Putlog holes or putlock holes are small holes in the walls of structures to receive the ends of poles (small round logs) or beams, called putlogs or putlocks, to form scaffolding. Putlog holes may extend through a wall to provide staging on both sides of the wall.
A historically common type of scaffolding, putlog holes date from the ancient Roman buildings. The term putlock or the newer term putlog date from the 17th century. and is still used today. Putlogs may be supported on the outer ends by vertical poles (standards), cantilever by one end being firmly embedded in the wall, or cantilever by penetrating the wall providing scaffolds on both sides. Putlogs may be sawn off flush with the wall if they cannot be removed but exterior putlog holes are typically filled in as the scaffold is removed to prevent water from entering the walls. Interior putlog holes may be left open, particularly if not in a finished space.
The inconsequential size and the spacing of the holes meant that they did not affect the solidity of the walls, and in well-preserved castles, like Beaumaris, the ancient putlog holes can be seen to this day.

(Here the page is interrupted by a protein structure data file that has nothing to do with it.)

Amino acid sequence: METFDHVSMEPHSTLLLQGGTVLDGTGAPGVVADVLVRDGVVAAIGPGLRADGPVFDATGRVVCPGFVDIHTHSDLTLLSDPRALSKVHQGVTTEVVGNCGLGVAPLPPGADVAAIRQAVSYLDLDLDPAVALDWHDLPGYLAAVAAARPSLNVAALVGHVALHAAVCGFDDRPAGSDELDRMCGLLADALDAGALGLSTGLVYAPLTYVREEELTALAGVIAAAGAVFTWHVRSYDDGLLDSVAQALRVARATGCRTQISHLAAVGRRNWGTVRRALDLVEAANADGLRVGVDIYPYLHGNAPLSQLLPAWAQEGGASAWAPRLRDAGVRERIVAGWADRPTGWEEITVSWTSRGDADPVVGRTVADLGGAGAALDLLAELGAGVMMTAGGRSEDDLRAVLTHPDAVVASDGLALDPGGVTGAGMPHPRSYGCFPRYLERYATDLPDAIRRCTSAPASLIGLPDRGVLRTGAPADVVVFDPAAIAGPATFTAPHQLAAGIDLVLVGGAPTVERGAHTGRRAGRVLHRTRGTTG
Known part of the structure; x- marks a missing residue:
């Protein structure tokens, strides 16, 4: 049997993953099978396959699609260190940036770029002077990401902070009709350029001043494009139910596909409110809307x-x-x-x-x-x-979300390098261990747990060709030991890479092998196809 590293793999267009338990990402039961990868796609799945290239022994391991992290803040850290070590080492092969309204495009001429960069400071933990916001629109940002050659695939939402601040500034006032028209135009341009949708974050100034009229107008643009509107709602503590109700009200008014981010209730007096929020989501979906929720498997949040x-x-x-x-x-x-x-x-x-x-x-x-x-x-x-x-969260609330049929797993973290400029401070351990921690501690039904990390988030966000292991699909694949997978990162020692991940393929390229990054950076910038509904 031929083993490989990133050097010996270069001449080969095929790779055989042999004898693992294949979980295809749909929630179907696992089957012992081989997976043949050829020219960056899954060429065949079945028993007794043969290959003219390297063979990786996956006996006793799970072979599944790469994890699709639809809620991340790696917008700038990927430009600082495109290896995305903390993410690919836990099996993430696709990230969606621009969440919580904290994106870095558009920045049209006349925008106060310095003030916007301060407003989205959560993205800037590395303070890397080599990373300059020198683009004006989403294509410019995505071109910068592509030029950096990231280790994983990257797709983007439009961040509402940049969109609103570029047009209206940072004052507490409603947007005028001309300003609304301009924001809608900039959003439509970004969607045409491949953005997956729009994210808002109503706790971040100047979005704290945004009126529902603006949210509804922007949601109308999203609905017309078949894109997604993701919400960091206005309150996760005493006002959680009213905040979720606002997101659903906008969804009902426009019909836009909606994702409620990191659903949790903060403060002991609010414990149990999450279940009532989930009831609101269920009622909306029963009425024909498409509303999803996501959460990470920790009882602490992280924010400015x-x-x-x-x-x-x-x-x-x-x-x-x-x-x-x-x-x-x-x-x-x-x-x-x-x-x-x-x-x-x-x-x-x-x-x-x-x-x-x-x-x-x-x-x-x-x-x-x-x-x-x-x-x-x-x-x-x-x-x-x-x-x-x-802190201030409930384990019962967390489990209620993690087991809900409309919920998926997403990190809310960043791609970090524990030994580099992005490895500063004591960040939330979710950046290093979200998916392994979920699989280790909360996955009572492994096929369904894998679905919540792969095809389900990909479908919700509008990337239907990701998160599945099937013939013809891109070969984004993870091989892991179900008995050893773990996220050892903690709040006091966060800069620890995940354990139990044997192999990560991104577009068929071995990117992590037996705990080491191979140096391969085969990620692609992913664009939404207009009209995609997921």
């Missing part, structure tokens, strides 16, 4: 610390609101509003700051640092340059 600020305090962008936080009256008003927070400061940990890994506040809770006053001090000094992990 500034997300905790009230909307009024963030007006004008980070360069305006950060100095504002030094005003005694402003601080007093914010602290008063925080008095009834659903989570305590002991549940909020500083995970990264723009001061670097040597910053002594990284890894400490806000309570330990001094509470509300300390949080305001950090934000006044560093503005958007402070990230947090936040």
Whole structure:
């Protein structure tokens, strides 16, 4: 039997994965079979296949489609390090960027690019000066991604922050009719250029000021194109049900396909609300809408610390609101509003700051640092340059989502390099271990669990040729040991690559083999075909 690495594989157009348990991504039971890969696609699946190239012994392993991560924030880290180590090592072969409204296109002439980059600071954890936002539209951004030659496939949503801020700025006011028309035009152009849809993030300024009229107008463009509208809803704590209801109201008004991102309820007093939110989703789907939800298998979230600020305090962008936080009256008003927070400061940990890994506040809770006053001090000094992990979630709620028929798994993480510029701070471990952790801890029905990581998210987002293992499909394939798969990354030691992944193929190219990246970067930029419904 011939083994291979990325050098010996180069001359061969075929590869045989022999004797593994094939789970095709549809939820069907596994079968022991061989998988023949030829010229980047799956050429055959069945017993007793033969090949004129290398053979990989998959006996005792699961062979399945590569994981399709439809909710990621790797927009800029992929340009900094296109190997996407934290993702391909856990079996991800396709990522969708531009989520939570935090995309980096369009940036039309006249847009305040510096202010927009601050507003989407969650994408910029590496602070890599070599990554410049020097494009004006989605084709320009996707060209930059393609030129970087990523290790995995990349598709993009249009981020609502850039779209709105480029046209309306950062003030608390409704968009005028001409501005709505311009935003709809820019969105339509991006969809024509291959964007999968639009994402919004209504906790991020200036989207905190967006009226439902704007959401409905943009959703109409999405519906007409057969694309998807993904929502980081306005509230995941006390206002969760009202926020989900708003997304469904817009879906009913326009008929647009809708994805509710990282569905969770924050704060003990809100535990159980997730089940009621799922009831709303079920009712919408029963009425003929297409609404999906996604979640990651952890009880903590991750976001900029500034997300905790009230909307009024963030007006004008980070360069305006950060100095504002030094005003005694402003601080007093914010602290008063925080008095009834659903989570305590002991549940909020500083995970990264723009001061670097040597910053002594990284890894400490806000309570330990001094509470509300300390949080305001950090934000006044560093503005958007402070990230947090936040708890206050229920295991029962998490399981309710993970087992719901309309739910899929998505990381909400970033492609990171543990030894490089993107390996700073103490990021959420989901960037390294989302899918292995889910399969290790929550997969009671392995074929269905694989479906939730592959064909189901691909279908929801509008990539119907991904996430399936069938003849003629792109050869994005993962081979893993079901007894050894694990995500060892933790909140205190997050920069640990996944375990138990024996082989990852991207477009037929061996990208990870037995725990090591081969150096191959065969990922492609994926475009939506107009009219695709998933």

Cantilevered putlogs support the access ramp scaffold in this castle construction.
- Oxford English Dictionary Second Edition on CD-ROM (v. 4.0)© Oxford University Press 2009. Putlog, putlock, n.
- Chudley, R., and Roger Greeno. Building construction handbook. 8th ed. Oxford: Elsevier Butterworth-Heinemann, 2010. 140-144. Print.
- Adam, Jean Pierre. Roman building: materials and techniques. Bloomington: Indiana University Press, 1994. 151-152. Print.
|This history article is a stub. You can help Wikipedia by expanding it.|